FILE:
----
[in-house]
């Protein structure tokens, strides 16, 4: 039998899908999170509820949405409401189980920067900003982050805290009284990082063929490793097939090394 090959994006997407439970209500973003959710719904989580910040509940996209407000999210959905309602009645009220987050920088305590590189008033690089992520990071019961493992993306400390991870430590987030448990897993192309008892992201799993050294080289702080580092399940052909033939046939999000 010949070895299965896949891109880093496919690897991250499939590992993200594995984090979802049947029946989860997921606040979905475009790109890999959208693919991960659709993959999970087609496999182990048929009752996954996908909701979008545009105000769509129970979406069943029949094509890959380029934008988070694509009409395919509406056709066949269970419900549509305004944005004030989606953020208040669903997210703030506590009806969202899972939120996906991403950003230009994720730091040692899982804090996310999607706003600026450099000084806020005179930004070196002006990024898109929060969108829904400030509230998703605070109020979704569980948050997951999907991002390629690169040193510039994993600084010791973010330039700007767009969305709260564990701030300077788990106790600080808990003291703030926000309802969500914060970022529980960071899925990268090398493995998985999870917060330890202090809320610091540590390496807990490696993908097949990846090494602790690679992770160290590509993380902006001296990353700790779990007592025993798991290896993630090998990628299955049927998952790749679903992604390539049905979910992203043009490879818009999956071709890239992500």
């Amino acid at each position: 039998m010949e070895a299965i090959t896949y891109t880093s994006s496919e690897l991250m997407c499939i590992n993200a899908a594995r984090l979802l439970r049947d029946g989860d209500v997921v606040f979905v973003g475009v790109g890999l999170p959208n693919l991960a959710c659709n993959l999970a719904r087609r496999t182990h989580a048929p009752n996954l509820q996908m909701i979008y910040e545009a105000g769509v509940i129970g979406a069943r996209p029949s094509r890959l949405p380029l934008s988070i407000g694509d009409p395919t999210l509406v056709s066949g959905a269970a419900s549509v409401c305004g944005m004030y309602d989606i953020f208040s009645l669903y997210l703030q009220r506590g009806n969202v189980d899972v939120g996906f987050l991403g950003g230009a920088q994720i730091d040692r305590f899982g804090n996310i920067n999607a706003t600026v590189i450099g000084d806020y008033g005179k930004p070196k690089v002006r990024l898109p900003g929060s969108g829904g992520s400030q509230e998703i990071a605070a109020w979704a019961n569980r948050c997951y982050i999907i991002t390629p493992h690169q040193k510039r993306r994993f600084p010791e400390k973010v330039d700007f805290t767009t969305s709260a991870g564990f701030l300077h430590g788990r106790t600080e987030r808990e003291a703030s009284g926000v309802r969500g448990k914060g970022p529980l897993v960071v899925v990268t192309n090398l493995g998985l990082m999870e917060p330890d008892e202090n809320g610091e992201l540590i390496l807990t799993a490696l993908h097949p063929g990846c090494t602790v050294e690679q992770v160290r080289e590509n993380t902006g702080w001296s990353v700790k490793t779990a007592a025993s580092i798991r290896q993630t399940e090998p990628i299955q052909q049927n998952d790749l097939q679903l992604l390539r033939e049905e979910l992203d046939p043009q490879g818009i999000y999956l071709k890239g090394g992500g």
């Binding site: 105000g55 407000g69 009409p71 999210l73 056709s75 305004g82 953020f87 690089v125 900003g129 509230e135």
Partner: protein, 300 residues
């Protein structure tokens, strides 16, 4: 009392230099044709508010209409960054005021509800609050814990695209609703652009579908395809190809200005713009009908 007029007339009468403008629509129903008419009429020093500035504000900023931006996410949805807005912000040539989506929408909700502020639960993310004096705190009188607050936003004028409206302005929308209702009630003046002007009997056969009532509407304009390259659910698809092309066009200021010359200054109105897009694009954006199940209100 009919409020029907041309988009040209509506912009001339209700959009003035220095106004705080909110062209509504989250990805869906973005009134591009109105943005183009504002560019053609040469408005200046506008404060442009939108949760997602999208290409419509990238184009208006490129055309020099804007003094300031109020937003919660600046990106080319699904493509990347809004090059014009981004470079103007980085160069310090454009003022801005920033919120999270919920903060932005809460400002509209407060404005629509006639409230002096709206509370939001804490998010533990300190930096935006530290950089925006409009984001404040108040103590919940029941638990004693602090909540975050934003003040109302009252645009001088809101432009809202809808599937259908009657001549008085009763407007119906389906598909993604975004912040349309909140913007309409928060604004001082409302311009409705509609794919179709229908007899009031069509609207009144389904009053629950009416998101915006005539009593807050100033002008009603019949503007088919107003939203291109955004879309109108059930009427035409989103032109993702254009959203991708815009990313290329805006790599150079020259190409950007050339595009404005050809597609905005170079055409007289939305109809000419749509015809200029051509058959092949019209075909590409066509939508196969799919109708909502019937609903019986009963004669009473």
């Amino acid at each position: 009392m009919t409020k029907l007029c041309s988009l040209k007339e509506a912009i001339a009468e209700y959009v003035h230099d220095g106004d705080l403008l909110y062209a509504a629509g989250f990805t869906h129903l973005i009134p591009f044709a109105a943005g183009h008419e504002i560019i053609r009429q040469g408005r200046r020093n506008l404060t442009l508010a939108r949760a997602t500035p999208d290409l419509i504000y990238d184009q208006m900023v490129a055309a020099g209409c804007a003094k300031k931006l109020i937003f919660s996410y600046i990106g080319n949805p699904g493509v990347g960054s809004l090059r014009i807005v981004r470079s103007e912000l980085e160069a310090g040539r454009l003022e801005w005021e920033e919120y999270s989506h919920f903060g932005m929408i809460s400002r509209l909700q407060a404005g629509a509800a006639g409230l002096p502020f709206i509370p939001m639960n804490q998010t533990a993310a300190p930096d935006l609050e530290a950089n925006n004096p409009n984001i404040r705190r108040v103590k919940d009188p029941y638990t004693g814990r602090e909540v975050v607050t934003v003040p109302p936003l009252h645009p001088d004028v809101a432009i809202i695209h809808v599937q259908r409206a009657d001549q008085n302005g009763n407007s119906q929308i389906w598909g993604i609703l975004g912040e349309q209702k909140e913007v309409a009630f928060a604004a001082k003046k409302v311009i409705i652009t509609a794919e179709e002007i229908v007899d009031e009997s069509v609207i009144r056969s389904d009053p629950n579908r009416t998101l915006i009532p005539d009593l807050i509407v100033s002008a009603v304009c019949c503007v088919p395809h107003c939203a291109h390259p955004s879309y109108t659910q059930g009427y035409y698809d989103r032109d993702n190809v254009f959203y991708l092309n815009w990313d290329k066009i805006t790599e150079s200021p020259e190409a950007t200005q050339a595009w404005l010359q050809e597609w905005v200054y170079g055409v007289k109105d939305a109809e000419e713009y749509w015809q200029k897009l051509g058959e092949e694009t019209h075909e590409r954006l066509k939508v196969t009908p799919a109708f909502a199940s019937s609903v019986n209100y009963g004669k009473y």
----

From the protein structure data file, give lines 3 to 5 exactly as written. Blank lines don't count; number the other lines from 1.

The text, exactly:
């Amino acid at each position: 039998m010949e070895a299965i090959t896949y891109t880093s994006s496919e690897l991250m997407c499939i590992n993200a899908a594995r984090l979802l439970r049947d029946g989860d209500v997921v606040f979905v973003g475009v790109g890999l999170p959208n693919l991960a959710c659709n993959l999970a719904r087609r496999t182990h989580a048929p009752n996954l509820q996908m909701i979008y910040e545009a105000g769509v509940i129970g979406a069943r996209p029949s094509r890959l949405p380029l934008s988070i407000g694509d009409p395919t999210l509406v056709s066949g959905a269970a419900s549509v409401c305004g944005m004030y309602d989606i953020f208040s009645l669903y997210l703030q009220r506590g009806n969202v189980d899972v939120g996906f987050l991403g950003g230009a920088q994720i730091d040692r305590f899982g804090n996310i920067n999607a706003t600026v590189i450099g000084d806020y008033g005179k930004p070196k690089v002006r990024l898109p900003g929060s969108g829904g992520s400030q509230e998703i990071a605070a109020w979704a019961n569980r948050c997951y982050i999907i991002t390629p493992h690169q040193k510039r993306r994993f600084p010791e400390k973010v330039d700007f805290t767009t969305s709260a991870g564990f701030l300077h430590g788990r106790t600080e987030r808990e003291a703030s009284g926000v309802r969500g448990k914060g970022p529980l897993v960071v899925v990268t192309n090398l493995g998985l990082m999870e917060p330890d008892e202090n809320g610091e992201l540590i390496l807990t799993a490696l993908h097949p063929g990846c090494t602790v050294e690679q992770v160290r080289e590509n993380t902006g702080w001296s990353v700790k490793t779990a007592a025993s580092i798991r290896q993630t399940e090998p990628i299955q052909q049927n998952d790749l097939q679903l992604l390539r033939e049905e979910l992203d046939p043009q490879g818009i999000y999956l071709k890239g090394g992500g």
């Binding site: 105000g55 407000g69 009409p71 999210l73 056709s75 305004g82 953020f87 690089v125 900003g129 509230e135």
Partner: protein, 300 residues